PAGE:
Most of us have experienced grief, whether from the death of a loved one or pet, a terminal or life-changing diagnosis for you or someone you love, or even a difficult breakup or divorce.
Death is still the number one fear that humans have so there can be a lot of emotions around it. There’s a feeling of unknown for most people which can cause more fear. But even more painful can be trying to visualize your life without that person in it.
Turns out, it takes a long time for our brains to really internalize that someone is gone.
So today we’re learning about what happens to our brains on grief.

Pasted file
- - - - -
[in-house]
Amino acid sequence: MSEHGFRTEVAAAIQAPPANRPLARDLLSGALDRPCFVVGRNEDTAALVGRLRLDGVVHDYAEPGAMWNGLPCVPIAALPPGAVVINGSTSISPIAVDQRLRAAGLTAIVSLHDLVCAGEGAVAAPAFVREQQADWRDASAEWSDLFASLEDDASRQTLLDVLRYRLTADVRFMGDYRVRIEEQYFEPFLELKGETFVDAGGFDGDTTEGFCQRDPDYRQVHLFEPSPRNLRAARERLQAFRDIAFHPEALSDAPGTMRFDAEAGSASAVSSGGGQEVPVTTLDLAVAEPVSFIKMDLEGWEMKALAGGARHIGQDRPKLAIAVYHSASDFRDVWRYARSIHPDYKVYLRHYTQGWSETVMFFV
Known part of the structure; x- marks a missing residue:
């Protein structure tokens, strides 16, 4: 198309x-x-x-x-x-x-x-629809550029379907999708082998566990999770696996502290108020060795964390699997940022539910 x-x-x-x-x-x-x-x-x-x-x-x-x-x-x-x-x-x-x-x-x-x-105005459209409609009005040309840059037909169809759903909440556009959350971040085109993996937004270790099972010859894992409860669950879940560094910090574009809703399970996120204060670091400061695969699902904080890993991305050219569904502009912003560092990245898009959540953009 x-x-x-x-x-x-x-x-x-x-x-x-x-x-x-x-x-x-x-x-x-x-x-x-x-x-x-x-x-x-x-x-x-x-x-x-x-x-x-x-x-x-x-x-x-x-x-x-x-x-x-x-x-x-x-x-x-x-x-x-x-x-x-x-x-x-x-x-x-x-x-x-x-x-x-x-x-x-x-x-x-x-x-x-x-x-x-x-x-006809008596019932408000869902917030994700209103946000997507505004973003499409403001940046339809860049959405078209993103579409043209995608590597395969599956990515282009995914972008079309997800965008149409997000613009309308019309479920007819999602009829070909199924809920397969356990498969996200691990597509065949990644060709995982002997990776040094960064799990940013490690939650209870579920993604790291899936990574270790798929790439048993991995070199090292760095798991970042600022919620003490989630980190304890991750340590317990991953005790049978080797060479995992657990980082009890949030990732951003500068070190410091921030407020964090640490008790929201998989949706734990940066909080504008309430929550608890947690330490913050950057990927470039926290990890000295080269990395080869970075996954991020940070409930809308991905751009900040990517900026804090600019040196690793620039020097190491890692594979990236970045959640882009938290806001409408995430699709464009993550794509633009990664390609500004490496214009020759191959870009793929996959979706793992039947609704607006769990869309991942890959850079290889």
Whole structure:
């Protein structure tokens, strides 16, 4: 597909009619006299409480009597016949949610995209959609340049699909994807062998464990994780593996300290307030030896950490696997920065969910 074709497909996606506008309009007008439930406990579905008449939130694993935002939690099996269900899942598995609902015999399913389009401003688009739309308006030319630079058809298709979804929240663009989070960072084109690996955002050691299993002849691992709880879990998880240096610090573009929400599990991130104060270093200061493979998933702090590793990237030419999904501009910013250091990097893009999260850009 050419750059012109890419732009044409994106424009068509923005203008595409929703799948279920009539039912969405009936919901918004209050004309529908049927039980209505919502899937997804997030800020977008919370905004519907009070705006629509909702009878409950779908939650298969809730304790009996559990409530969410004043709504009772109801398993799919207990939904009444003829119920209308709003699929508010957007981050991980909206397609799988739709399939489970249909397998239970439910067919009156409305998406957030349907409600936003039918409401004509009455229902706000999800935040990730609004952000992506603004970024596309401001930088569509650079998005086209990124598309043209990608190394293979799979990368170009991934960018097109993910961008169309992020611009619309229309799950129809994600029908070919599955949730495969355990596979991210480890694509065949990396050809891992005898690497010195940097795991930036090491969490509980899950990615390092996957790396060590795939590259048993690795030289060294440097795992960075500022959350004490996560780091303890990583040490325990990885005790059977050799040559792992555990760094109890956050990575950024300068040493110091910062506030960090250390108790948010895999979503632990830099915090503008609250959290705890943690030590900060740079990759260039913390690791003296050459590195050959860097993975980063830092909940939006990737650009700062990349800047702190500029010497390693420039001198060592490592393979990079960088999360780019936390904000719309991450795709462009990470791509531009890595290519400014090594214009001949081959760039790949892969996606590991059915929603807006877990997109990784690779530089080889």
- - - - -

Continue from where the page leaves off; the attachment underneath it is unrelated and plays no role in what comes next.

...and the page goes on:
Our guest is Mary-Frances O’Connor, an associate professor of psychology at the University of Arizona, where she directs the Grief, Loss, and Social Stress (GLASS) Lab in investigating the effects of grief on the brain and the body. She’s also the author of The Grieving Brain: The Surprising Science of How We Learn from Love and Loss.
We Will Learn
- What happens to the brain during grief
- Why some people adapt better than others when they lose someone
- How to move through healing when we’re overwhelmed with grief
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